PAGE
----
But despite the apparent schism between short courses and EMBA learning, experts say that the future of exec ed doesn’t have to be a battle to the death.
A blended approach
Though it's tempting to put the two formats in opposition to each other, it's not a straightforward case of executive education programs versus the EMBA.
“We don’t believe the two programs are in competition, but rather that they fulfil two different educational requirements and are very complementary,” says Matthew Walkley, corporate relations manager for executive education programs at Cambridge Judge Business School (pictured right).
Where executive education programs offer participants a chance to fill specific gaps in their skillsets in a short time frame, EMBA programs require a longer time investment in exchange for more holistic, transitional change to individual careers.
Instead of viewing short courses as competitors, EMBA programs of the future should work alongside them to serve the needs of their students—namely, “the growing understanding from executives that they constantly need to be honing their skills to remain relevant,” according to Matthew.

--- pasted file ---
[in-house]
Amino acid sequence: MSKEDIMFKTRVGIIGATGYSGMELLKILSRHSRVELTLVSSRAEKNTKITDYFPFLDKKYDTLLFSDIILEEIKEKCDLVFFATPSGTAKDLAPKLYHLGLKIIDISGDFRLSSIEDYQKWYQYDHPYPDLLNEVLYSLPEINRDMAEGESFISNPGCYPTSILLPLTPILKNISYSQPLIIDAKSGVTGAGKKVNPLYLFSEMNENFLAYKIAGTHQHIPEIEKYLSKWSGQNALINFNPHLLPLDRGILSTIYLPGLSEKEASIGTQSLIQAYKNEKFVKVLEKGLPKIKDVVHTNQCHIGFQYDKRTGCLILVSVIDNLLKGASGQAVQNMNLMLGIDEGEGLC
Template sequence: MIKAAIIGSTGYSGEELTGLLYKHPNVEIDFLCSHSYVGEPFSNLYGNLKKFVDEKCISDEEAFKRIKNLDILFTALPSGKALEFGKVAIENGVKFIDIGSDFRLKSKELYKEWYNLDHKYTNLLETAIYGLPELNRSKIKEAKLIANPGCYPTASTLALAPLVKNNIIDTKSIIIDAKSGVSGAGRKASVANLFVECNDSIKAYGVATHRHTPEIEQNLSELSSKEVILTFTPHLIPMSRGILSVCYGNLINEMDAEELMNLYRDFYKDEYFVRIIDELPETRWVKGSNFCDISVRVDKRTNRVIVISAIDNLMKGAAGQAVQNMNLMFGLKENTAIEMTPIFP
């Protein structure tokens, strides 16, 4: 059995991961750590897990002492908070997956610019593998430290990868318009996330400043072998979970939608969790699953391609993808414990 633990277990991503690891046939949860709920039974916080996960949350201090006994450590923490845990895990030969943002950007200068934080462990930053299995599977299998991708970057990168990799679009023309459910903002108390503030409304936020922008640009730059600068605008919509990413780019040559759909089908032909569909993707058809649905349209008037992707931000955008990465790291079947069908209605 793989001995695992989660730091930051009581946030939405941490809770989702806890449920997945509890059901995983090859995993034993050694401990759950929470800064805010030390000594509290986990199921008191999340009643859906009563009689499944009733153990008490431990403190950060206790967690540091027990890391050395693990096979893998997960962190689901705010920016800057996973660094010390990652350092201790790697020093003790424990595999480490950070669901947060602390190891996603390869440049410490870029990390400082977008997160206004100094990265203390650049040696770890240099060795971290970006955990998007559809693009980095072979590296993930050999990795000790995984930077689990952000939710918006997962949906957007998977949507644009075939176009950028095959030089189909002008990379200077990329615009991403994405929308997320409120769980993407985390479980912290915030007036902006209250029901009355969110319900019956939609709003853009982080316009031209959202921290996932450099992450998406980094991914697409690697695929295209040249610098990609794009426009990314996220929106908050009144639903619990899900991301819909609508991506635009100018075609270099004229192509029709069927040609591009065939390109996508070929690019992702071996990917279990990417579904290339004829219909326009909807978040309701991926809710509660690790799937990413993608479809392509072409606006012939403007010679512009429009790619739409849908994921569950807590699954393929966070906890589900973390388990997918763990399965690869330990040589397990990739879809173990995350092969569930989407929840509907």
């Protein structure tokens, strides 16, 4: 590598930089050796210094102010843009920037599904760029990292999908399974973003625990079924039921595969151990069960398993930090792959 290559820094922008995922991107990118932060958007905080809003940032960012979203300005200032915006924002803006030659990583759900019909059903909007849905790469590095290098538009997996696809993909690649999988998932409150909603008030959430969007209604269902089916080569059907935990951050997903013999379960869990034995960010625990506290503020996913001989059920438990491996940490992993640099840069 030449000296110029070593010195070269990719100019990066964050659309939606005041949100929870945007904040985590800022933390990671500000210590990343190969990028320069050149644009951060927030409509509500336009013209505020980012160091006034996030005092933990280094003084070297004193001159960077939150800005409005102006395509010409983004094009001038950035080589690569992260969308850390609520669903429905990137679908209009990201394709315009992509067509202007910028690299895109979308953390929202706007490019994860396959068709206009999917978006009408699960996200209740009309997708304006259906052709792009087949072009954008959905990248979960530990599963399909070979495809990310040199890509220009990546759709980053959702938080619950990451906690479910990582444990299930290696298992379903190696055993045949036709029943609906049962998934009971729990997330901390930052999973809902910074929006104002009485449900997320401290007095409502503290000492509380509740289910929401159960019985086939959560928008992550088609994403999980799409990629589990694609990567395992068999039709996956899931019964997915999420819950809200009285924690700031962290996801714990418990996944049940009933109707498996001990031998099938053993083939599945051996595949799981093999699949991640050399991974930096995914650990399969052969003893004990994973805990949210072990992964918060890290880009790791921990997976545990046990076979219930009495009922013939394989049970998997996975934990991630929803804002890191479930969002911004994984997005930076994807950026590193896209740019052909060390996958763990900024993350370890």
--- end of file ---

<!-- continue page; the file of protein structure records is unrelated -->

A new proposition
The big change, then, when looking into the future of executive education, will be to its value proposition.
“Before, we used to have a need to learn something to be able to do something," explains Giuseppe Auricchio, executive director of learning innovation and online learning at IESE Business School (pictured right). "But I think more and more [nowadays,] the need is for learning over a lifetime."
The result is that, according to Giuseppe, learning providers will not only help students learn over the course of many years, but they will teach them how to learn: how to become an adaptable thinker.
Doing this will require all of the changes listed above: “Its practice needs to become blended, with multiple contexts and multiple methodologies integrated in a continuous learning journey," he advises.
“The value proposition needs to be a partner for life for an industry—[educators need to ask,] how can I satisfy your learning need over a lifetime?”
ESSEC Business School
The best intercultural university
There are more than 50 nationality in the grade, so there are opportunities to interact with people from all around the world. In terms of academics, the BBA course offers diverse courses for the 1st
Creativity, adaptability and entrepreneurship